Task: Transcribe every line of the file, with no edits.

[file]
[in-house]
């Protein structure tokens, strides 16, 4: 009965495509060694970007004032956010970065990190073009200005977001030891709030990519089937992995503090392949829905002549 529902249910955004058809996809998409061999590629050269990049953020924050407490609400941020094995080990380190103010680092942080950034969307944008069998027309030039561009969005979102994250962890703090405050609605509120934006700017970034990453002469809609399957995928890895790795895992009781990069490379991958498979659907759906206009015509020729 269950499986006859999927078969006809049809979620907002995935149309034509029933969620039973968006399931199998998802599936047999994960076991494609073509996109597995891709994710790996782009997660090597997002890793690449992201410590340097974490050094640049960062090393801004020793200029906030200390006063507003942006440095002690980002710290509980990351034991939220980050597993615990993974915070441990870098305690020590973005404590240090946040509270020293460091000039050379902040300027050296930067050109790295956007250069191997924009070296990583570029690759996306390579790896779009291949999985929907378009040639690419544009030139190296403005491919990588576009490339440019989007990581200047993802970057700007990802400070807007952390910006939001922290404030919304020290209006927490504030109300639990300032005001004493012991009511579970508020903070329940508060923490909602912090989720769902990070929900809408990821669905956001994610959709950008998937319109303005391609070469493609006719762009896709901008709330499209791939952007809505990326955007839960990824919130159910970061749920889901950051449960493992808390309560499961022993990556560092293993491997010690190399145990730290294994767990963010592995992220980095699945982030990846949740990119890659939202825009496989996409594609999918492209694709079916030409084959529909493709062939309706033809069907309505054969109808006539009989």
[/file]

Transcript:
[in-house]
């Protein structure tokens, strides 16, 4: 009965495509060694970007004032956010970065990190073009200005977001030891709030990519089937992995503090392949829905002549 529902249910955004058809996809998409061999590629050269990049953020924050407490609400941020094995080990380190103010680092942080950034969307944008069998027309030039561009969005979102994250962890703090405050609605509120934006700017970034990453002469809609399957995928890895790795895992009781990069490379991958498979659907759906206009015509020729 269950499986006859999927078969006809049809979620907002995935149309034509029933969620039973968006399931199998998802599936047999994960076991494609073509996109597995891709994710790996782009997660090597997002890793690449992201410590340097974490050094640049960062090393801004020793200029906030200390006063507003942006440095002690980002710290509980990351034991939220980050597993615990993974915070441990870098305690020590973005404590240090946040509270020293460091000039050379902040300027050296930067050109790295956007250069191997924009070296990583570029690759996306390579790896779009291949999985929907378009040639690419544009030139190296403005491919990588576009490339440019989007990581200047993802970057700007990802400070807007952390910006939001922290404030919304020290209006927490504030109300639990300032005001004493012991009511579970508020903070329940508060923490909602912090989720769902990070929900809408990821669905956001994610959709950008998937319109303005391609070469493609006719762009896709901008709330499209791939952007809505990326955007839960990824919130159910970061749920889901950051449960493992808390309560499961022993990556560092293993491997010690190399145990730290294994767990963010592995992220980095699945982030990846949740990119890659939202825009496989996409594609999918492209694709079916030409084959529909493709062939309706033809069907309505054969109808006539009989």